Goodreads helps you keep track of books you want to read.
Start by marking “Old Bag of Bones” as Want to Read:
Old Bag of Bones
Enlarge cover
Rate this book
Clear rating
Open Preview

Old Bag of Bones

3.53  ·  Rating Details ·  19 Ratings  ·  9 Reviews
Coyote never learns that age can bring wisdom, respect and a wealth of experience.
Hardcover
Published September 1st 1997 by Turtleback Books (first published 1996)
More Details... edit details

Friend Reviews

To see what your friends thought of this book, please sign up.

Reader Q&A

To ask other readers questions about Old Bag of Bones, please sign up.

Be the first to ask a question about Old Bag of Bones

This book is not yet featured on Listopia. Add this book to your favorite list »

Community Reviews

(showing 1-33)
filter  |  sort: default (?)  |  Rating Details
Debbie Reiber
Feb 10, 2013 Debbie Reiber rated it it was amazing
Old Bag of Bones: A Coyote Tale retold and illustrated by Janet Stevens is a folklore book. The age group this book is intended for is primary to intermediate. The story is about a coyote that can see nothing good about being old and is transformed into a young, strong, but not powerful, buffalo. Even though he was told he wouldn’t be powerful, he tried to be anyway and lost his youth and strength.
I enjoyed the story because of the theme and characters. The theme involved transformation and the
...more
Bec
Jun 18, 2008 Bec rated it really liked it
Format: 32 pages. Appx. 800 words. Third person, past.

Coyote, old bag of bones and trickster, is dying. Buzzard is ready to strike but also points out the Young Buffalo. Coyote has hope that Buffalo has magic to spare and he asks to be transformed. The Buffalo helps and Coyote becomes so enthused by the change, he tries to convince the other old animals that he has the power to give them youth. Hilarity ensues and Coyote is retuned to his baggy old self. He doesn't lose hope though when, at the
...more
Ashley
Oct 15, 2009 Ashley rated it liked it
Classic Coyote! The dark, depressing colors help set the dreary mood and express to the reader that mischeif is close and death around the corner.
The text is purposely set apart from the illustrations by a reddish border and white background.
The chaotic lines coming from the Coyote, Rabbit, Lizard, and Kangaroo Rat help express their age and ruggedness.
I loved the ending! Of course, Coyote did not take the lesson he had learned to heart and, instead, began to directly scheme a way to gain you
...more
Alicia
Apr 09, 2012 Alicia rated it really liked it
Stevens uses paint to create stunning dessert landscapes with rich purples, greens, blues, and browns. She also uses grays and whites to contrast the older animals to the young ones and to the bright, lively setting. The style of the images lends a childish and yet detailed visual to the text, which is boxed off with a red outline. The story had an interesting message, but I think my favorite part was that on the back cover, is an image of an elk-coyote. This gives the reader a sense of what hap ...more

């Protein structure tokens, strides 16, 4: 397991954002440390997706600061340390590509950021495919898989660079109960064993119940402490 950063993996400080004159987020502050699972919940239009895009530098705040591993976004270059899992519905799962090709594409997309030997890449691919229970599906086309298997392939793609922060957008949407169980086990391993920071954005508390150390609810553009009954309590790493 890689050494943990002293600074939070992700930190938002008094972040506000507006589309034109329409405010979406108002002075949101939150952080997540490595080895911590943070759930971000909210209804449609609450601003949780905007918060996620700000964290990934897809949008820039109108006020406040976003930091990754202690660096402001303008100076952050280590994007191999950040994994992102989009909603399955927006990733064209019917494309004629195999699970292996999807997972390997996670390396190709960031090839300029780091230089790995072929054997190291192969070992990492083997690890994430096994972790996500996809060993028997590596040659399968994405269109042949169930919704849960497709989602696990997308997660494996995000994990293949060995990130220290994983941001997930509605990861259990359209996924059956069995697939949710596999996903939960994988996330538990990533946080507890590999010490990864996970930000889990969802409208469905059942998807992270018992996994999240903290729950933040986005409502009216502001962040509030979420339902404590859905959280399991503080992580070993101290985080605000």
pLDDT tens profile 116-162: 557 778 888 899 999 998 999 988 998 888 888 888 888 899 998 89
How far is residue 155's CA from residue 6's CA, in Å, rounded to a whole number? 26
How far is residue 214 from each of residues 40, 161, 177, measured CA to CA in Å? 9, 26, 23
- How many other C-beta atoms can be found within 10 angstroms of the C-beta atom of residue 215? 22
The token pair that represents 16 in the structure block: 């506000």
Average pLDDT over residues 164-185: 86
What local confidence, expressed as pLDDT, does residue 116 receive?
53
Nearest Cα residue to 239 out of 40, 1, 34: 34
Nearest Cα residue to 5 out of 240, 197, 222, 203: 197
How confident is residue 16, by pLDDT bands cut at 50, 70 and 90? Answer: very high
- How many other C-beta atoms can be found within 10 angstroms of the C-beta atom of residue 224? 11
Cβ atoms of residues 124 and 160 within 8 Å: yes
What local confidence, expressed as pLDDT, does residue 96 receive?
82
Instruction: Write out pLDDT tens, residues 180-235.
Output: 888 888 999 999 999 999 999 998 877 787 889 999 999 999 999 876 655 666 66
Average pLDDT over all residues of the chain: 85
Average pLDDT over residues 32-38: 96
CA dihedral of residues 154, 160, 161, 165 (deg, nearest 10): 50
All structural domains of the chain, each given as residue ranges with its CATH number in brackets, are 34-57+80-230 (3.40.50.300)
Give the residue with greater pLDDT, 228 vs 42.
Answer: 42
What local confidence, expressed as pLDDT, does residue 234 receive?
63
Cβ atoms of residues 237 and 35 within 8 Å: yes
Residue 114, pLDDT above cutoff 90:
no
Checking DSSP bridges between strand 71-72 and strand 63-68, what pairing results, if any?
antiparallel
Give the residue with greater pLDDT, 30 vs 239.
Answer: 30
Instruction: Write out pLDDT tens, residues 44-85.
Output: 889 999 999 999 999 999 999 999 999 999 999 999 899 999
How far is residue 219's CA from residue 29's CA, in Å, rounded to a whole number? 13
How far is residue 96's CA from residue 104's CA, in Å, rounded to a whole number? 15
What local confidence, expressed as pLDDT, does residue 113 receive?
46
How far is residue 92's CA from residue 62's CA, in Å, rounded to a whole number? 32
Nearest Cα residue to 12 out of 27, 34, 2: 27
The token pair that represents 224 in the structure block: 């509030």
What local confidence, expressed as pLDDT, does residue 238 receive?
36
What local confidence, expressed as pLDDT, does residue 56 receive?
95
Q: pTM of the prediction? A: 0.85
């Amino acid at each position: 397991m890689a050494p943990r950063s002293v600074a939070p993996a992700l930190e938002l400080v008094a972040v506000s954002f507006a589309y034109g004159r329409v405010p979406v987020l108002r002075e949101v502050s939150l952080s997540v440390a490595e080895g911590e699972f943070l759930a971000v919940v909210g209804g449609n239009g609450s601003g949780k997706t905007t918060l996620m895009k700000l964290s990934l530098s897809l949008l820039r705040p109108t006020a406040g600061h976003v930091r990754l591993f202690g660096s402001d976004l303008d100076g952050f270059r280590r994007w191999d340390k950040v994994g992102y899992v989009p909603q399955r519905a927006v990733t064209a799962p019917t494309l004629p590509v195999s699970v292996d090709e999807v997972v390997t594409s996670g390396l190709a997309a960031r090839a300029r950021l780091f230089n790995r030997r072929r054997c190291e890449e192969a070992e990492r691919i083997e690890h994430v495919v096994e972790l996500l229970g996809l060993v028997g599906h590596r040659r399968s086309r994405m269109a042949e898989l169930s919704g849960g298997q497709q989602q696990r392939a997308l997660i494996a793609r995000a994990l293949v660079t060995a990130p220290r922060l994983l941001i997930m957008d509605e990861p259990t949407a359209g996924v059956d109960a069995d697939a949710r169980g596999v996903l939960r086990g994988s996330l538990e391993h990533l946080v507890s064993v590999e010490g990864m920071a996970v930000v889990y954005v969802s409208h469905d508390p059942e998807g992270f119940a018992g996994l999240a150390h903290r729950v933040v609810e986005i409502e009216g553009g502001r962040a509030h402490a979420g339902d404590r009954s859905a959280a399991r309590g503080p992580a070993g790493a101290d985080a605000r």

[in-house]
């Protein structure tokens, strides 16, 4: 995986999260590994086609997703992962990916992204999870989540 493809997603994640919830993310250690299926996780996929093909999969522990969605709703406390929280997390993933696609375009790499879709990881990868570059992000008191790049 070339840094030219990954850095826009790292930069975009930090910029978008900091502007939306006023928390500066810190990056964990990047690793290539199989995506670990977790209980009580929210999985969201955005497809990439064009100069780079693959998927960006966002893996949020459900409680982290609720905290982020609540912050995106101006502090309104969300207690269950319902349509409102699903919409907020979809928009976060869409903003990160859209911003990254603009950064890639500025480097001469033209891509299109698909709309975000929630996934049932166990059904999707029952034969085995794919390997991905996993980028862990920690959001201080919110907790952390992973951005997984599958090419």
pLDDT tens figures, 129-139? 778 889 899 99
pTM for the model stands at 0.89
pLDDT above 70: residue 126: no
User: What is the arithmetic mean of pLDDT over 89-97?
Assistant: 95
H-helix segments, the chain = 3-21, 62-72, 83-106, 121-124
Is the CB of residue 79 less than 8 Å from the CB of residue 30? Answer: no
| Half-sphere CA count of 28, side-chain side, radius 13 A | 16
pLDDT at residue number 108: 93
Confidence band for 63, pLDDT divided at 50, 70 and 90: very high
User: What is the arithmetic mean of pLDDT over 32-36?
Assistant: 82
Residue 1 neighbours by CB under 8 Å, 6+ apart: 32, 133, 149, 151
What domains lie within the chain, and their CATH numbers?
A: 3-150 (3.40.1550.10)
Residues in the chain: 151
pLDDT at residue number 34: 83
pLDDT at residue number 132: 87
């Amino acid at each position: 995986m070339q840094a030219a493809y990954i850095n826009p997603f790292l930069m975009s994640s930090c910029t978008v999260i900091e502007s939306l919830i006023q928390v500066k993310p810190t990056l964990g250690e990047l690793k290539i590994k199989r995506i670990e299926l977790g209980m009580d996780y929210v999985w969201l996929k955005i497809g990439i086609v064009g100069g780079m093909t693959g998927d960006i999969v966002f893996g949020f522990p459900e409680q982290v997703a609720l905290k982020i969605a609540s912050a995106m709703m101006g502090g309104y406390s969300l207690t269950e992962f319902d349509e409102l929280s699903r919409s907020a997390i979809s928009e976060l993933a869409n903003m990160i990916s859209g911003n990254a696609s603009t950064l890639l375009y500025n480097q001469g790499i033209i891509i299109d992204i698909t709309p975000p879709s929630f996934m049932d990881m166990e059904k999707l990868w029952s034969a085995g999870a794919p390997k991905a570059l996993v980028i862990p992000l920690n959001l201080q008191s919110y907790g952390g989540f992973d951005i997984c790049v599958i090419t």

Arminzerella
This review has been hidden because it contains spoilers. To view it, click here.
Chris Young
An old coyote values youth and strength over old age and wisdom, asking a strong, young buffalo to transform him. The new coyote, or Buffote, forgets the lessons of old age as he encounters other elderly animals on the plains and assumes that they want to become young and powerful like him. I'm wondering if there are better interpretations of this trickster tale out there.
Rani
Desperate, tired, hungry, an old Coyote asks the young buffalo to give him a body like him. The young buffalo obliges but warns the Coyote that he is still powerless in the body. Will the Coyote believe it?
Angela
Jul 20, 2012 Angela rated it really liked it  ·  review of another edition
Shelves: read-to-children
I enjoy coyote or trickster tales and the kids liked this one also. It was exciting and fun, included a moral but put at the end the fight one might have between personality and being content.
Madalyn Allender
Madalyn Allender rated it it was amazing
Sep 12, 2013
Andréa
Andréa rated it liked it
Nov 28, 2016
Claire
Claire rated it liked it
Apr 11, 2010
Teagan H
i thought it was a short but really good book.
Pinky
Pinky rated it liked it
Sep 26, 2013
Milanie Howard
Milanie Howard rated it liked it
Jan 16, 2015
Diana
Diana rated it really liked it
Sep 22, 2015
Lyndsay
Lyndsay rated it really liked it
Nov 14, 2011
Katie
Katie rated it liked it
Mar 30, 2013
Mary
Mary rated it liked it
May 12, 2014
Stephanie
Stephanie rated it liked it
Oct 19, 2012
Judy
Judy rated it really liked it
May 11, 2014
Sophie
Sophie marked it as to-read
Sep 11, 2010
Court
Court added it
May 24, 2012
Cammie Russell
Cammie Russell marked it as to-read
Aug 24, 2013
Kim
Kim marked it as to-read
Aug 16, 2014
Mommywest
Mommywest marked it as to-read
Jun 30, 2015
Joshua Nunziato
Joshua Nunziato marked it as to-read
Nov 15, 2015
Blake Parsons
Blake Parsons marked it as to-read
Mar 29, 2016
BookDB
BookDB marked it as to-read
Sep 13, 2016
There are no discussion topics on this book yet. Be the first to start one »
22372
Janet Stevens began drawing as a child. Pictures decorated her walls, mirrors, furniture and school work -- including math assignments. While this didn't always sit well with her teachers, it was what she loved to do.

Janet’s father was in the Navy therefore she moved a great deal and attended many schools while growing up.

After graduating from high school in Hawaii in 1971 she landed a job creati
...more
More about Janet Stevens...

Share This Book